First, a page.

HOUSTON, TX.- Today Gary Tinterow, director of the Museum of Fine Arts, Houston, and Sheikha Hussah Sabah al-Salem al-Sabah, director of the Dar al-Athar al-Islamiyyah (DAI), Kuwait, and co-owner with Sheikh Nasser Sabah al-Ahmed al-Sabah of The al-Sabah Collection, jointly announced the signing of an extraordinary agreement of cooperation between their two institutions. The privately held al-Sabah Collection, one of the greatest collections of Islamic art in the world, will place some 60 objects, ranging from carpets, ceilings and architectural fragments to exquisite ceramics, metalwork, jewelry, scientific instruments and manuscripts, on long-term loan in a dedicated gallery at the MFAH. The Museum will reciprocate with staff exchanges and training and, at a future date, exchange of works of art and exhibitions. The initial term of the renewable agreement is five years, and the first display is expected to be on view for at least one year, beginning January 26, 2013. This display, which contains objects from the 8th to the 18th centuries, made in the Iberian Peninsula, North Africa, the Middle East and Central Asia, will demonstrate the development of new aesthetics in Islamic visual culture, based on calligraphy, geometric ornamentation and the arabesque. The primacy of the written word, exemplified by early illuminated manuscripts of the Qur’an in Kufic script, will be seen in ceramics, stone capitals, textiles and inlaid metal work. Intricate geometric ornamentation decorates a 15th-century Spanish ceiling panel; a Mamluk rug made in Egypt; manuscripts and works on paper; and glass and metal vessels. Arabesque decoration, derived from scrolling vines and other vegetal motifs, will be seen on 17th-century Ottoman textiles, Iznik pottery and tiles from Persia and Central Asia. Finally, selections of Mughal paintings, illuminated manuscripts and ceramics made in north India and Iran in the 17th century, as well as examples of spectacular Mughal jewelry, will complete the display. The al-Sabah Collection is widely recognized as the greatest holding of Mughal jewelry in the world. The loans to Houston include an engraved emerald weighing more than 85 carats, a very important inscribed spinel (ruby), an emerald-anddiamond turban ornament, enamel vessels and jeweled jade court daggers. These jewels were previously seen in Houston in 2002 at the MFAH in the exhibition Treasury of the World: Jewelled Arts of India in the Age of the Mughals (TOW), drawn exclusively from The al-Sabah Collection. The agreement was negotiated by the two directors with the assistance of Mahrukh Tarapor, senior advisor for international initiatives for the MFAH. The initial selection of objects was proposed by Giovanni Curatola, professor at the University of Udine and a consultant for the DAI, who will assist the MFAH with the presentation in Houston. The Museum will honor Sheikha Hussah al-Sabah at its Arts of the Islamic World Gala on January 25, 2013. “I am thrilled that the legendary al-Sabah Collection has decided to place masterworks from these extraordinary holdings on display in Houston,” said Tinterow. “With one stroke, we will be able to show our public the glorious achievement of Islamic visual culture in a comprehensive display, perhaps the finest between the East and West coasts of the United States. Houston is home to a large and diverse Muslim community, and I am very happy that the art and culture of the Islamic world will now take its rightful place in the Museum.” “In many ways, this new cooperation is a continuation of the relationships with a city that began decades ago, and with the Museum of Fine Arts, Houston which began in 2002,” noted Sheikha Hussah al-Sabah. “It was a son of Houston, the Honorable George H.W. Bush, who spearheaded the UN coalition that liberated Kuwait from Iraq in 1991. It is the hospitality of Houston that encourages the Muslim community to be part of the city and share their culture, in part through this exhibition. And, of course, it was the exceptional experience we enjoyed while working with the museum on the Treasury of the World: Jewelled Arts of India in the Age of the Mughals (TOW) exhibition that made the decision easy. Houston and Kuwait share much more than a common interest in oil production; there is also a common interest in learning from and about other cultures. We are proud that, together, the MFAH and the DAI will give all the people of Houston a new opportunity for sharing.”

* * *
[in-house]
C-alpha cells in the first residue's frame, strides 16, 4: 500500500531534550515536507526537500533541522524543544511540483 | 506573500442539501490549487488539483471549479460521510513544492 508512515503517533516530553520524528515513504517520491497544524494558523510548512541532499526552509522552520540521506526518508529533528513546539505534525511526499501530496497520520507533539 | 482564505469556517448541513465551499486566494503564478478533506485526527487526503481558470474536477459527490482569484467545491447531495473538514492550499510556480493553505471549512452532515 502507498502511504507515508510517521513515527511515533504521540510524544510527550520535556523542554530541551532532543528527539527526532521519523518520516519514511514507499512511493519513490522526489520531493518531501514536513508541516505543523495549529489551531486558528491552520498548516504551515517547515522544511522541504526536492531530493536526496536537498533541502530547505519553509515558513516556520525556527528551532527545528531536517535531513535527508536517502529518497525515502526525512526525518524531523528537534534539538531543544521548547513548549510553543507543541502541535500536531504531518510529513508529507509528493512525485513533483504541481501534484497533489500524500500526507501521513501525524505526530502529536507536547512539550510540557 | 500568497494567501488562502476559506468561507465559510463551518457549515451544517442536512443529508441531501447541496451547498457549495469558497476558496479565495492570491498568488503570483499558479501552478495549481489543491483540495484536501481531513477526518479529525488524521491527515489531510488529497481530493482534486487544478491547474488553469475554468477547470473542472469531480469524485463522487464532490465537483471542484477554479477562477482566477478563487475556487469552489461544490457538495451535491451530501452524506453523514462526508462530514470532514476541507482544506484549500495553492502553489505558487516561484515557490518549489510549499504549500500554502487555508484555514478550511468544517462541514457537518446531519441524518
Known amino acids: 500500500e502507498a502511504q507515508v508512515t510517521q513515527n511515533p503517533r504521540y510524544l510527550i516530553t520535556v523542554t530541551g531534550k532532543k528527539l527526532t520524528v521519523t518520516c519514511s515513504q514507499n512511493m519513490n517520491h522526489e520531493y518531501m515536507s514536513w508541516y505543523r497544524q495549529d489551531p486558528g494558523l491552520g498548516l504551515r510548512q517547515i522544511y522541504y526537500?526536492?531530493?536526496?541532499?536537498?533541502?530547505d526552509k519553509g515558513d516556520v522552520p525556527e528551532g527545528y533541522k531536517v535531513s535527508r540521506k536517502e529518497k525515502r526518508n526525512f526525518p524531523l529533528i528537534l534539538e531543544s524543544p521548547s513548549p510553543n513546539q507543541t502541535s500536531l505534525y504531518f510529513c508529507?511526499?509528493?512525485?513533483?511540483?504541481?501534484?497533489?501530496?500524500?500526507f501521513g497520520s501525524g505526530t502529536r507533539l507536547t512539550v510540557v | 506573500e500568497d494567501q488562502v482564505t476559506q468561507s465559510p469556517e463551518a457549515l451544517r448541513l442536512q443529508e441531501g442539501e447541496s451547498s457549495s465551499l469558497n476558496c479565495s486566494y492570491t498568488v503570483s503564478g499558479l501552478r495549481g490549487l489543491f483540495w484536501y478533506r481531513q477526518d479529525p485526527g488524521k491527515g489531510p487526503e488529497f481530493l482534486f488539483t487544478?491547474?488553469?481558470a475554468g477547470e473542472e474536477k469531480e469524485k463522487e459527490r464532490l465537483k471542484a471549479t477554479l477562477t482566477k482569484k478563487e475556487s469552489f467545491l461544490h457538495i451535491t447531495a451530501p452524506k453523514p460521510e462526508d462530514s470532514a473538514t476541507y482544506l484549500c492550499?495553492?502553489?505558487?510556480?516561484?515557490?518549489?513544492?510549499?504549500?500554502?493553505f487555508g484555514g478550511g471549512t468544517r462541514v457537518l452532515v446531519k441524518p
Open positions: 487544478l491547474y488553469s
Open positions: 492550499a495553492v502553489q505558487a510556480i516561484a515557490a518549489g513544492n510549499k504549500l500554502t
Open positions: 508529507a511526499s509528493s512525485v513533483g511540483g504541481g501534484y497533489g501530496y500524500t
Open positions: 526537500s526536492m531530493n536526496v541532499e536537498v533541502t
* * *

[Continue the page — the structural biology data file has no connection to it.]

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Cheers,
Elisabeth and Natasha

BYZANTIUM AND THE WEST: JEWELRY IN THE FIRST MILLENIUM

November 2, 2012 Leave a comment
This is the Fall show for LES ENLUMINURES in Manhattan in NYC
 
23 Est 73rd Street, 7th floor
Outside my area of expertise, but these are some forty pieces of jewelry made of precious metals like gold,  and stones like emeralds, crystals and  garnets  that the Romans ostentatiously wore despite imperial decrees against it. The Byzantine leaders indulged in this even more so that we can enjoy these rings, bracelets, brooches, earrings and pendants from the third to the tenth centuries  today.
Cheers,
Elisabeth